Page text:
- If you’re a really advanced learner, want to challenge yourself, or want more immediate access, you can just look them on Youku, and they tend to be there (you might have to do some searching).
The disadvantage with all these methods is that there’s still a lot of pain involved when you encounter unknown words. You’ll have to identify the sound, and look them up in your dictionary. You’ll spend a lot of time and energy. If you’d like to be more efficient with this, and are open to watching other kinds of videos, you might want to check out our video-based Chinese learning site FluentU, which was designed to address exactly this problem.
What Movies Are Good for Learning Chinese?
If you pick a movie that you really like, then the simple answer is that you can’t go wrong, because you’ll be able to stay interested. But if that doesn’t work for you, here are 2 approaches that have worked for me.
1. The Chinese Drama Approach
My go-to approach is to find Chinese dramas that tend to be nontechnical and have people in everyday situations (or at least as close as you can get to that in movies), speaking relatively slowly. It also feels very efficient to watch famous movies that have famous actors/actresses/directors.
- “Shower” 洗澡 — This is probably my favorite movie for learning Chinese. At the risk of oversimplifying, it’s a moving story about a dad, and his two sons, who operate a bathhouse. The movie manages to capture a family drama inside a bigger community (the bathhouse) amidst bigger societal changes that are happening in China (destruction of the traditional hutongs in Beijing to pave the way for larger real estate development projects). The actors here are also household names in China (Zhu Xu, Pu Cunxin, Jiang Wu).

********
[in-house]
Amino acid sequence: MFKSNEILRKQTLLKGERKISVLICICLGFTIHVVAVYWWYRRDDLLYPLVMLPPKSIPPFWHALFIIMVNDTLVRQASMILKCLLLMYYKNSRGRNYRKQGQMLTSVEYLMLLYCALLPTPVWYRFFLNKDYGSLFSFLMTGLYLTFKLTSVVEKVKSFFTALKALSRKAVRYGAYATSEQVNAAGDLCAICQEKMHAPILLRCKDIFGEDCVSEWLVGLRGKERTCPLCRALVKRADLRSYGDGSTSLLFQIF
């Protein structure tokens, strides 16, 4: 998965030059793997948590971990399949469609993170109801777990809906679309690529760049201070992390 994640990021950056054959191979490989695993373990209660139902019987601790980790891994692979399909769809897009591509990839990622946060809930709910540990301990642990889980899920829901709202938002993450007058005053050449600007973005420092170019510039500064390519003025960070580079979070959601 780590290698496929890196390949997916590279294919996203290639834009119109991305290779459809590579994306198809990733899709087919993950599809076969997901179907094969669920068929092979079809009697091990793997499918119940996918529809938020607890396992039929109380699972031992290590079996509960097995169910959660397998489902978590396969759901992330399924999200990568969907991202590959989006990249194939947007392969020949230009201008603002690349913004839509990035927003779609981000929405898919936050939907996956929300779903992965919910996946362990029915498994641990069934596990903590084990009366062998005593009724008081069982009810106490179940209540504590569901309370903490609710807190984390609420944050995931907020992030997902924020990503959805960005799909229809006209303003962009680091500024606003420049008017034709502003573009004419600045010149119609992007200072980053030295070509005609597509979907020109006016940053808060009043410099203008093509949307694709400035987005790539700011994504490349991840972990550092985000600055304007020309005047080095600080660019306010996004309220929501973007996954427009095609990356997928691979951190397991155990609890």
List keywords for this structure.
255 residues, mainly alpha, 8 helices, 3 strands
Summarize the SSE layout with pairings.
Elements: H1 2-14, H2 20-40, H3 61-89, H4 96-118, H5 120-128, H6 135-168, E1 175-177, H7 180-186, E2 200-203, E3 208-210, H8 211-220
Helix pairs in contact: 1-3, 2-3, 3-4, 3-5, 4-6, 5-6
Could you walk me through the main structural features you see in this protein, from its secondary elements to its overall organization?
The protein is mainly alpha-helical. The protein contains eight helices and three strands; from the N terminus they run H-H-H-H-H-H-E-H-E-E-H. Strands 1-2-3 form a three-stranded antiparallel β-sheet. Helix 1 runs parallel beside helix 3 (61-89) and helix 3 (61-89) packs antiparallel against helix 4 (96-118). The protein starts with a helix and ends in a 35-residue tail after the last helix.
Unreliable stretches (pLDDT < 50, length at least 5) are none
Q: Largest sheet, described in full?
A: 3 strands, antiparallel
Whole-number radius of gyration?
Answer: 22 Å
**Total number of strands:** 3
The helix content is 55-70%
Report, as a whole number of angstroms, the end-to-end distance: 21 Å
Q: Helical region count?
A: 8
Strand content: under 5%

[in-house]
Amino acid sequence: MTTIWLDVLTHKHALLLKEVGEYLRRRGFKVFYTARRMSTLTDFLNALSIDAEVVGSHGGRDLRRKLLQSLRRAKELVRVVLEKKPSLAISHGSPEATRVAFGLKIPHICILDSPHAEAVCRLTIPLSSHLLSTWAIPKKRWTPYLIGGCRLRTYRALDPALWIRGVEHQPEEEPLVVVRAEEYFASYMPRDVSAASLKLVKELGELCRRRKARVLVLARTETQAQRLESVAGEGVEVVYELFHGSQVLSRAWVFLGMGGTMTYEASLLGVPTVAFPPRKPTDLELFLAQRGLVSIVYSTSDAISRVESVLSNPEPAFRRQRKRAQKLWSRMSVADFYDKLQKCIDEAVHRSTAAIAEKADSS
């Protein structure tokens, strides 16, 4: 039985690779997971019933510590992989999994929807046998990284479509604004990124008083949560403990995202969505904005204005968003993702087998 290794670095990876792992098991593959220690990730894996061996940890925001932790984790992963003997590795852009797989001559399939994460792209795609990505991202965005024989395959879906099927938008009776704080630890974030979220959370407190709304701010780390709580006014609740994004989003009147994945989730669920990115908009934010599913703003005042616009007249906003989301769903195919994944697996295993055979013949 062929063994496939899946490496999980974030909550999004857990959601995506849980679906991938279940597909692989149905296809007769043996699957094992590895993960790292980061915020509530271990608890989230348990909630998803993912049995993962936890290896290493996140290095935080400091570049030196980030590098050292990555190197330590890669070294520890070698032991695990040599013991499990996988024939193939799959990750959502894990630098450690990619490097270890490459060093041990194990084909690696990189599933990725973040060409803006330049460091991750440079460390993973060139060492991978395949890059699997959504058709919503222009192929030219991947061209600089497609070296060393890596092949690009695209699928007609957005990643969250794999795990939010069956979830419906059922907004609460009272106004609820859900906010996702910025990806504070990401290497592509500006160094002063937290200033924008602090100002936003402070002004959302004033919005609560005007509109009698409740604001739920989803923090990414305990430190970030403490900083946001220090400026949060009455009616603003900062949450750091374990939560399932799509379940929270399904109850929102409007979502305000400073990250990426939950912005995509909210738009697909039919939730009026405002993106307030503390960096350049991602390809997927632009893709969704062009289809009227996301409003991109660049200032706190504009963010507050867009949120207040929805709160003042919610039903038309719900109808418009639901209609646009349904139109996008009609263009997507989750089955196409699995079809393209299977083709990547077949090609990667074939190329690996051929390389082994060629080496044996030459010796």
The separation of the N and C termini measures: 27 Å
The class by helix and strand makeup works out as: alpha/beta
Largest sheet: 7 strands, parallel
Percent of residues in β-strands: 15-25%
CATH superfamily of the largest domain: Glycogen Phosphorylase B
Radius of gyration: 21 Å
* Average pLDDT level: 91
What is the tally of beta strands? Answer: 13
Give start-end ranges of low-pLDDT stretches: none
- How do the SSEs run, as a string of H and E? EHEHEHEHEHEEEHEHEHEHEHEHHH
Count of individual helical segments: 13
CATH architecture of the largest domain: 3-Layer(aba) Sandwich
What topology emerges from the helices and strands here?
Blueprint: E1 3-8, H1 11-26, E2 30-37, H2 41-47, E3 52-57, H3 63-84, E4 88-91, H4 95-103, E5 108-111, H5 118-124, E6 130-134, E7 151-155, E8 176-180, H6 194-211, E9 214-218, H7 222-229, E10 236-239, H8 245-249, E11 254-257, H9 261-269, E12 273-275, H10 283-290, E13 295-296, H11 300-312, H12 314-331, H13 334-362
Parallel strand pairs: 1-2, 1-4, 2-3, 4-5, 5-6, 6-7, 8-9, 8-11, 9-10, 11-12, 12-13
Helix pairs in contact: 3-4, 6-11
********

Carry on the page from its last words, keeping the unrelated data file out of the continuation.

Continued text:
- “A World Without Thieves” 天下无贼 —Star-studded cast (Andy Lau, Ge You, Li Bingbing…) in an action drama about expert thieves on a train who compete to steal an idealistic/clueless boy’s life savings.
- “Eat Drink, Man Woman” 饮食男女 — An Ang Lee classic about a dad and his 3 unmarried daughters, each of whom defy tradition in their own way. It’s hilarious even if you’re not a woman.
- “Shanghai Triad” 摇啊摇，摇到外婆桥 — Set in 1930s Shanghai, this will be the most beautifully filmed gangster movie you’ll ever watch. You’ll know who Gong Li is after you watch this one.
- “The Road Home” 我的父亲母亲 — This is the simple love story that made Zhang Ziyi famous. More beautiful cinematography from Zhang Yimou.